False guilty pleas, in which innocent people plead guilty to crimes they didn’t commit, are more commonplace than they may seem. Of the more than 3,000 innocent people who have been exonerated since 1989, 26% pleaded guilty. When the vast majority of cases in a criminal legal system are resolved through plea deals instead of jury trials, pleading guilty, despite being innocent, becomes the only rational choice in an impossible situation all too frequently.
Like many others faced with this choice, Mr. Day pleaded guilty and received a 40-year sentence in state prison. He was released on parole on Jan. 6, 2015, after serving nearly 26 years and was required to register for life as a sex offender. Being a registered sex offender significantly impeded his life and freedom, including preventing him from living in the same house as his wife.
DNA Excludes Tyrone Day
Mr. Day first wrote to the Innocence Project on July 18, 2000, and his case was accepted in 2004. By this point, he had made several requests for DNA testing, which had been denied by the courts.
In 2008, the Dallas County District Attorney’s Office CIU agreed to extensive DNA testing of the evidence — including of the vaginal swabs and cuttings from the women’s clothing. The testing revealed DNA from two unknown male profiles, as well as a third, low-level male contributor. Mr. Day was definitively excluded as a contributor. Further, after a comparison of DNA to the national DNA database maintained by the FBI, Combined DNA Index System (CODIS), two other men were identified as the contributors. Mr. Day was again conclusively excluded as the source of any DNA from semen associated with any of the vaginal specimens collected from the woman.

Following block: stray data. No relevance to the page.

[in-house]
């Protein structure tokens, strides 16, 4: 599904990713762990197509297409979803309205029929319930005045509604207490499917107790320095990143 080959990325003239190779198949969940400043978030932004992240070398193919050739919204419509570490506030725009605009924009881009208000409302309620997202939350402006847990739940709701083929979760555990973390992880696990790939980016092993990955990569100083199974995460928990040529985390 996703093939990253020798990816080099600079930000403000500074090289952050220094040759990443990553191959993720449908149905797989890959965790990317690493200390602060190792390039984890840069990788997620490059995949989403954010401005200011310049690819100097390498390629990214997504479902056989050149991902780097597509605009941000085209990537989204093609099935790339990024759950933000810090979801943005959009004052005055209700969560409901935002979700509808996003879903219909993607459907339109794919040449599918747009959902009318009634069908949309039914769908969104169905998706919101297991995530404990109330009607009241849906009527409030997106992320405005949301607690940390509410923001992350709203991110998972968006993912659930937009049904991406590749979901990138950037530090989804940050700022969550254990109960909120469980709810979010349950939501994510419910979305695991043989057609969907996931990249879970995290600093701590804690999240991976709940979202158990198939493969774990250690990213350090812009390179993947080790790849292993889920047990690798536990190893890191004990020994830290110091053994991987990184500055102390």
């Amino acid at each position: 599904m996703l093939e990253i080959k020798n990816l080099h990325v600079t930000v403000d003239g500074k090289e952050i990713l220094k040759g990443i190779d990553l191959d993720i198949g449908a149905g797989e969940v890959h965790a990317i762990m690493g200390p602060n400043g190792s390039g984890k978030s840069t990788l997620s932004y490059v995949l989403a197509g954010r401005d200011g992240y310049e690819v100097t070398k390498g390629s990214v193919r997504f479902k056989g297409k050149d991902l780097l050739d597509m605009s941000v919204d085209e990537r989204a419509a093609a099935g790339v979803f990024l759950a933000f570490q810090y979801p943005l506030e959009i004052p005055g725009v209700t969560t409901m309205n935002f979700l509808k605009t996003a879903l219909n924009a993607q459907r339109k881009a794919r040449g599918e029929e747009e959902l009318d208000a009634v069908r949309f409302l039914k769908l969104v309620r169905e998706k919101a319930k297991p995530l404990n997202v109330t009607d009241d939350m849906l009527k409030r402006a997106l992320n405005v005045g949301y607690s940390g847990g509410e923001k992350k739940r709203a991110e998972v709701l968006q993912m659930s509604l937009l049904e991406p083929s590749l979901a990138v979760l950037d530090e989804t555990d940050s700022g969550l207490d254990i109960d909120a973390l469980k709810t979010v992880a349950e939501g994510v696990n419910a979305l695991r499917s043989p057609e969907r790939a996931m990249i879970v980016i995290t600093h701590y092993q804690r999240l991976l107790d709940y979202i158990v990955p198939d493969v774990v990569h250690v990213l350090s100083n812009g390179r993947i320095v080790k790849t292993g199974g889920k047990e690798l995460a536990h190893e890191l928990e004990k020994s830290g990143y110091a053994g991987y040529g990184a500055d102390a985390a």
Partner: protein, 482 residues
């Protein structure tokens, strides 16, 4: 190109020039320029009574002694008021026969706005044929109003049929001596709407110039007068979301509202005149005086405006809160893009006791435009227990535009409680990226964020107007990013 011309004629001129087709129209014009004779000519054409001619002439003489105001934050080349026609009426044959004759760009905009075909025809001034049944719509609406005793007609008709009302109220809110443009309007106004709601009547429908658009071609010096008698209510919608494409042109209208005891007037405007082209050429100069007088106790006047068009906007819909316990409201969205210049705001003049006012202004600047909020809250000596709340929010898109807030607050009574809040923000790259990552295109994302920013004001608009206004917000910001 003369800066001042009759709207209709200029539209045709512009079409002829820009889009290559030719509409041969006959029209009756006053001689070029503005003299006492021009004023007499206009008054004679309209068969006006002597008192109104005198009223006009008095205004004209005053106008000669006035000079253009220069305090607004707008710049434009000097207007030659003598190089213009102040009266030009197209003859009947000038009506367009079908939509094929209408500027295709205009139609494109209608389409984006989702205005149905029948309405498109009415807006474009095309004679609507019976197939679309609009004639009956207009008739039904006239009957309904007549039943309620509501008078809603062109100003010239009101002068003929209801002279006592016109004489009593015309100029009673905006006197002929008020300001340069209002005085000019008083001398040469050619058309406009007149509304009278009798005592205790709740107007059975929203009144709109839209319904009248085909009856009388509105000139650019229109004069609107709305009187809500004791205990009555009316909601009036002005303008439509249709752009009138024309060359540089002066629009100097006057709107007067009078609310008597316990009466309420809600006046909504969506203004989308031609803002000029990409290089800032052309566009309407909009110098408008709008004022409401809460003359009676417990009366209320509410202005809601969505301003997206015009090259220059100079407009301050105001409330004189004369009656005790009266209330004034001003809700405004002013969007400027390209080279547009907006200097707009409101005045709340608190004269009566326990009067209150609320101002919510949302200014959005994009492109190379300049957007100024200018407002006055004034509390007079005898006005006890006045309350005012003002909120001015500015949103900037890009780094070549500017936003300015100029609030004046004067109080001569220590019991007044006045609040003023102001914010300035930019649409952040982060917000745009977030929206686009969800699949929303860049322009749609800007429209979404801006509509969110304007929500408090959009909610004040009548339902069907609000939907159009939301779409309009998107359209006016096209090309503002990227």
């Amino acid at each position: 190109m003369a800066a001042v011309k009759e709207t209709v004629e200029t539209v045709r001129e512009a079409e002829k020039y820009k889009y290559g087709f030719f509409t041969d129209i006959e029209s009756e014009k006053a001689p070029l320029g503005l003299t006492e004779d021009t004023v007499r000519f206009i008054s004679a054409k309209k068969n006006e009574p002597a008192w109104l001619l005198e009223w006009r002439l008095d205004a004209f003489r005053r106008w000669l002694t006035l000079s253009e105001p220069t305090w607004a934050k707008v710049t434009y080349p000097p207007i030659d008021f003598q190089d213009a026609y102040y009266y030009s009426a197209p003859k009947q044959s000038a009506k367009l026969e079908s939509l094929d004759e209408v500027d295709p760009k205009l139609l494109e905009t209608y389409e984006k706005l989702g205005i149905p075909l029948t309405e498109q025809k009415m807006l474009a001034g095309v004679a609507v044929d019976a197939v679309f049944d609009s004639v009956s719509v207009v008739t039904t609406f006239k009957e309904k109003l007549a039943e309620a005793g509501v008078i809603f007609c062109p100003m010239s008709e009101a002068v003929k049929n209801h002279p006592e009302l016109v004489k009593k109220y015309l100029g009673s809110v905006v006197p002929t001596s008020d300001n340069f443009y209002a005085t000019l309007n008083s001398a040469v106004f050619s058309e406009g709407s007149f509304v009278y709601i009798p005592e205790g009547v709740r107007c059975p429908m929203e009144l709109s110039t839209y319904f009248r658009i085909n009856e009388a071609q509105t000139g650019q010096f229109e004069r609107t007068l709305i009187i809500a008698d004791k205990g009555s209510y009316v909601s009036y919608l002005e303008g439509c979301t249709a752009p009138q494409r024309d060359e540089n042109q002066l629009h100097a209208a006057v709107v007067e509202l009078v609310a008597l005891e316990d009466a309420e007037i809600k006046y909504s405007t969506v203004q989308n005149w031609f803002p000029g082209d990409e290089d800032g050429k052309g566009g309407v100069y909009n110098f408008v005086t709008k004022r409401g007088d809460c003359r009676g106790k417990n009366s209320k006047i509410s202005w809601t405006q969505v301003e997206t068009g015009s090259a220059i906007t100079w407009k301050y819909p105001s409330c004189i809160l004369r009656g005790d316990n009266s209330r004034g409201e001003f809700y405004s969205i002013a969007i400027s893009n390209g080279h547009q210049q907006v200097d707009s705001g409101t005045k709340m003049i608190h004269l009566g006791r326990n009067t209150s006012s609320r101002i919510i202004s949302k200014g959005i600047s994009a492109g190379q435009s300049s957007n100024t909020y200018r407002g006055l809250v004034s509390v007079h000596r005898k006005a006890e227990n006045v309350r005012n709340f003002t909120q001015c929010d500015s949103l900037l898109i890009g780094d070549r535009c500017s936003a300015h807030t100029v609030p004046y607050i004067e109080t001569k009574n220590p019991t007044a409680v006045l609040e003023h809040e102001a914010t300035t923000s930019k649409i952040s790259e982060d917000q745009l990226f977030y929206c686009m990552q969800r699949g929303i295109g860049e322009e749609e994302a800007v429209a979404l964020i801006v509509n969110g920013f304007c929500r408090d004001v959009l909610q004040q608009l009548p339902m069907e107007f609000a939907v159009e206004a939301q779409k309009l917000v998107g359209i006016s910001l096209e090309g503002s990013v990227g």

Hope Grows in the Garden
Since his release from prison, Mr. Day has been system manager and lead horticulturist at Restorative Farms, which he helped found.
Born and raised in South Dallas, Mr. Day worked on his grandmother’s farm as a child. While incarcerated, he revisited his roots and studied horticulture at the Trinity Valley Community College, where he graduated at the top of his class. He also worked in the prison greenhouse for 19 years.
When he was released, Mr. Day went back to South Dallas and saw a food desert — an area with little access to affordable, fresh vegetables and other nutritious food. So, he decided to apply his passion for gardening to help his community and created Restorative Farms with the mission of fostering a vibrant and viable community-based urban farm system. Restorative Farms has a seedling and training farm in South Dallas, which teaches residents how to cultivate their own food and donates fresh produce to communities living in food deserts. It has donated more than 40,000 plants to community gardens and 220 portable gardens to the community, according to news reports.
Mr. Day is represented by Vanessa Potkin at the Innocence Project and Gary Udashen of the Innocence Project of Texas. In addition, Paul Genender and Jenae Ward of Weil, Gotshal & Manges LLP represented Mr. Day.